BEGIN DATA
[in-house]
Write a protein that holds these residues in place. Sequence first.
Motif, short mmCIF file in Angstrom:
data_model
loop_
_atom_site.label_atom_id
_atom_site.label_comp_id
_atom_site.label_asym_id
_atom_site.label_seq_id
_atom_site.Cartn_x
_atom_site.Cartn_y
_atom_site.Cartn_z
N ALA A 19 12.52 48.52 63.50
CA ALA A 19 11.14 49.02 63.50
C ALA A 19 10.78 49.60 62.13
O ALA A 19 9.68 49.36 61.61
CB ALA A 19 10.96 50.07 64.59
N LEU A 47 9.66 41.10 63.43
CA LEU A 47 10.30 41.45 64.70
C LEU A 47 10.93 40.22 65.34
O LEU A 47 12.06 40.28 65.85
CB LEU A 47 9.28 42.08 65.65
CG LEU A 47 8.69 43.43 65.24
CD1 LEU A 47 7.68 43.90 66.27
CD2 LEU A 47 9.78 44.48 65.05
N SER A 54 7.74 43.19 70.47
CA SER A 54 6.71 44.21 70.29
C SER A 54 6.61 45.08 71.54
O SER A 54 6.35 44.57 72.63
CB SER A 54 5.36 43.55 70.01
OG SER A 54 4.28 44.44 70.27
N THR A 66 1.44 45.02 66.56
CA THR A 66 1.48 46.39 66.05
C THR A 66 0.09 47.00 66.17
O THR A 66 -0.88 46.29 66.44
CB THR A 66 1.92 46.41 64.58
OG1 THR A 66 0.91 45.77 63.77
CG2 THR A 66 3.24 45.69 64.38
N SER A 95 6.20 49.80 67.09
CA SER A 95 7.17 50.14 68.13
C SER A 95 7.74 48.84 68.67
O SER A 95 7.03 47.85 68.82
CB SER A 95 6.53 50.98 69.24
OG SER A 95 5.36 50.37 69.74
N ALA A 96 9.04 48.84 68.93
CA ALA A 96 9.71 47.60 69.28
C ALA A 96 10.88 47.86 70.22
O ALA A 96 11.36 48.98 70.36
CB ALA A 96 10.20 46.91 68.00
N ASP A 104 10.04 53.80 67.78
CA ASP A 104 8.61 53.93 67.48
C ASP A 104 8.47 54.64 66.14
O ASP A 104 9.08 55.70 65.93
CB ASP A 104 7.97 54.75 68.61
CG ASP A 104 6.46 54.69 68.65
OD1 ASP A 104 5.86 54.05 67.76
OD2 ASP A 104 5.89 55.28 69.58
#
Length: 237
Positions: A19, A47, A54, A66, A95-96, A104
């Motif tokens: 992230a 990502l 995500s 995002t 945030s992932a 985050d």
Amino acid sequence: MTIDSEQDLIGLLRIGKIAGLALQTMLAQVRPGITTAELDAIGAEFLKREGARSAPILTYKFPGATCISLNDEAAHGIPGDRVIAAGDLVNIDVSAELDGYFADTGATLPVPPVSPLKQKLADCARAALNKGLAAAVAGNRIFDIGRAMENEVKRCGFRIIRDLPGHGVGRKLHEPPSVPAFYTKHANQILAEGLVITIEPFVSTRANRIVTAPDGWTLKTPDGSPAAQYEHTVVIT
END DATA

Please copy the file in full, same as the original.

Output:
[in-house]
Write a protein that holds these residues in place. Sequence first.
Motif, short mmCIF file in Angstrom:
data_model
loop_
_atom_site.label_atom_id
_atom_site.label_comp_id
_atom_site.label_asym_id
_atom_site.label_seq_id
_atom_site.Cartn_x
_atom_site.Cartn_y
_atom_site.Cartn_z
N ALA A 19 12.52 48.52 63.50
CA ALA A 19 11.14 49.02 63.50
C ALA A 19 10.78 49.60 62.13
O ALA A 19 9.68 49.36 61.61
CB ALA A 19 10.96 50.07 64.59
N LEU A 47 9.66 41.10 63.43
CA LEU A 47 10.30 41.45 64.70
C LEU A 47 10.93 40.22 65.34
O LEU A 47 12.06 40.28 65.85
CB LEU A 47 9.28 42.08 65.65
CG LEU A 47 8.69 43.43 65.24
CD1 LEU A 47 7.68 43.90 66.27
CD2 LEU A 47 9.78 44.48 65.05
N SER A 54 7.74 43.19 70.47
CA SER A 54 6.71 44.21 70.29
C SER A 54 6.61 45.08 71.54
O SER A 54 6.35 44.57 72.63
CB SER A 54 5.36 43.55 70.01
OG SER A 54 4.28 44.44 70.27
N THR A 66 1.44 45.02 66.56
CA THR A 66 1.48 46.39 66.05
C THR A 66 0.09 47.00 66.17
O THR A 66 -0.88 46.29 66.44
CB THR A 66 1.92 46.41 64.58
OG1 THR A 66 0.91 45.77 63.77
CG2 THR A 66 3.24 45.69 64.38
N SER A 95 6.20 49.80 67.09
CA SER A 95 7.17 50.14 68.13
C SER A 95 7.74 48.84 68.67
O SER A 95 7.03 47.85 68.82
CB SER A 95 6.53 50.98 69.24
OG SER A 95 5.36 50.37 69.74
N ALA A 96 9.04 48.84 68.93
CA ALA A 96 9.71 47.60 69.28
C ALA A 96 10.88 47.86 70.22
O ALA A 96 11.36 48.98 70.36
CB ALA A 96 10.20 46.91 68.00
N ASP A 104 10.04 53.80 67.78
CA ASP A 104 8.61 53.93 67.48
C ASP A 104 8.47 54.64 66.14
O ASP A 104 9.08 55.70 65.93
CB ASP A 104 7.97 54.75 68.61
CG ASP A 104 6.46 54.69 68.65
OD1 ASP A 104 5.86 54.05 67.76
OD2 ASP A 104 5.89 55.28 69.58
#
Length: 237
Positions: A19, A47, A54, A66, A95-96, A104
């Motif tokens: 992230a 990502l 995500s 995002t 945030s992932a 985050d």
Amino acid sequence: MTIDSEQDLIGLLRIGKIAGLALQTMLAQVRPGITTAELDAIGAEFLKREGARSAPILTYKFPGATCISLNDEAAHGIPGDRVIAAGDLVNIDVSAELDGYFADTGATLPVPPVSPLKQKLADCARAALNKGLAAAVAGNRIFDIGRAMENEVKRCGFRIIRDLPGHGVGRKLHEPPSVPAFYTKHANQILAEGLVITIEPFVSTRANRIVTAPDGWTLKTPDGSPAAQYEHTVVIT